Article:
The success of Tripura’s Left-economics lies, indicatively, in its high literacy rates and affordable public health, while its failures hide behind high unemployment rate, and poor industrial infrastructure. This contrast is true for most social indicators versus most market indicators. This picture is largely similar for Kerala and once Left-ruled Bengal too. The Kerala model is also high on social development, but job-generation is a concern. If land reform was a revolutionary achievement of Jyoti Basu, de-industrialisation was his "historic blunder". Looking at the economic history of Left-ruled states, a pattern develops which helps us to understand the fallacy of Left’s economic directions, vis-à-vis the youth’s channel of ambition.

The Left itself has dug its path of exit, by performing credibly in social development, but refusing to take the logical next step of facilitating capital accumulation and increasing per capita income. In today’s Tripura, violence is a thing of the past and a healthy educated young force churns for affluence. An educated youth naturally leads to a more aspirating society. The credit for both this success and failure goes to the Left, and its dogmatic path has hit the dead end.  It has decapitated in its own "karma".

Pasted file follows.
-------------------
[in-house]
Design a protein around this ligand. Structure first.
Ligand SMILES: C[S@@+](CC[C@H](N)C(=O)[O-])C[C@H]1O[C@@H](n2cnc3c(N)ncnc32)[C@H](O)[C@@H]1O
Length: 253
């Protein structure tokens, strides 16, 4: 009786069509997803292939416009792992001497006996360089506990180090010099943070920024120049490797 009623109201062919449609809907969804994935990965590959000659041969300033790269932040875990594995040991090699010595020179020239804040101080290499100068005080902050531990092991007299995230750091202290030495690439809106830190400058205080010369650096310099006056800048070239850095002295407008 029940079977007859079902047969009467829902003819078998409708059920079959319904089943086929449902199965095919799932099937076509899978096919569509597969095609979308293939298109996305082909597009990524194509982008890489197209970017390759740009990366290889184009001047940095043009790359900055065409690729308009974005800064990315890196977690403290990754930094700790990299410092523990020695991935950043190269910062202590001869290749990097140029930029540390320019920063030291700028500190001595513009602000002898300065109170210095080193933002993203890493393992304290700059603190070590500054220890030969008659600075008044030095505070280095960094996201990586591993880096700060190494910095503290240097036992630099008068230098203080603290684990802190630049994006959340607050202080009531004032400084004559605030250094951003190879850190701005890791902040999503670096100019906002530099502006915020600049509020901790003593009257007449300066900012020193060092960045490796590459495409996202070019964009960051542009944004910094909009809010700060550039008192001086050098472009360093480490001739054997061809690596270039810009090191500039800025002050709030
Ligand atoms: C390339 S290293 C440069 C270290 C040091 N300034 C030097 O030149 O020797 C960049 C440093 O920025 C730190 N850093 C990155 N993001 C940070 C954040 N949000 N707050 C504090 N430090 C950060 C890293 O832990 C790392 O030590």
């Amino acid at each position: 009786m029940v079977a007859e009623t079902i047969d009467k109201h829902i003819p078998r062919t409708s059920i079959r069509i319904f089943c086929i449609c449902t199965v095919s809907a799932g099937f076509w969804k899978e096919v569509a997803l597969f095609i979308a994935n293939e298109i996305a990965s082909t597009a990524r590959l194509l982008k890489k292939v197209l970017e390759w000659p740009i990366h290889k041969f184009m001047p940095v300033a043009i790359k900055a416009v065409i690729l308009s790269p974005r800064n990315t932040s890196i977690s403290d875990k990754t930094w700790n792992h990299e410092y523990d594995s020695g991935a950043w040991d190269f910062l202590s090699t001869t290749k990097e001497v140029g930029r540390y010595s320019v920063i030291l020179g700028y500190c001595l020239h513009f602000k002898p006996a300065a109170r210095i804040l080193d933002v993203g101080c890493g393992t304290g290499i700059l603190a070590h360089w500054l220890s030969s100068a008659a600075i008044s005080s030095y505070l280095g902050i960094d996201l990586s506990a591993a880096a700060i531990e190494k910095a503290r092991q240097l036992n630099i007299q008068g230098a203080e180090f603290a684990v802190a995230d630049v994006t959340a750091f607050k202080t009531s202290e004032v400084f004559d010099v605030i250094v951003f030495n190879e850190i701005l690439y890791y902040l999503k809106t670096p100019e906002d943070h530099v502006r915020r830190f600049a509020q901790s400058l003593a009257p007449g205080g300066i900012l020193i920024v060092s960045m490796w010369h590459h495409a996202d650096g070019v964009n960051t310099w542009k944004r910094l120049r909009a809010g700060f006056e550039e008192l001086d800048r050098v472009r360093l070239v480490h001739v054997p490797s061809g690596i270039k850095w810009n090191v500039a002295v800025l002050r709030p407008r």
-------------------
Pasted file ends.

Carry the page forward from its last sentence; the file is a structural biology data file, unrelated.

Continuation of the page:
In the decades of 1940s to 1980s, Left was the default channel of youthful dreams and idealism worldwide. In present-day, it’s just the opposite. While the Left in the West has recently experienced youth-resurgence through leaders like Sanders and Corbyn, the fate of the parliamentary Left in India grows even darker. Today’s millennials are products of globalisation, leading technology-driven lifestyle. The post-truth world has little space for idealism and justice, and today’s young yearns for urban affluence. One may blame it on neo-liberal world that nurtures such uncharitable dreams, but the fact remains that Left has failed to resonate their thirst.

The answer doesn’t lie in a cosmetic change like propping up a younger face. The crux of the matter is, Indian Left has failed to create any pragmatic alternate economic model. Blaming the corporate funding of electoral machines and a biased national media against them will only be a partial truth. The story of failed economics is not a chronicle of Left in India, but of the communists worldwide.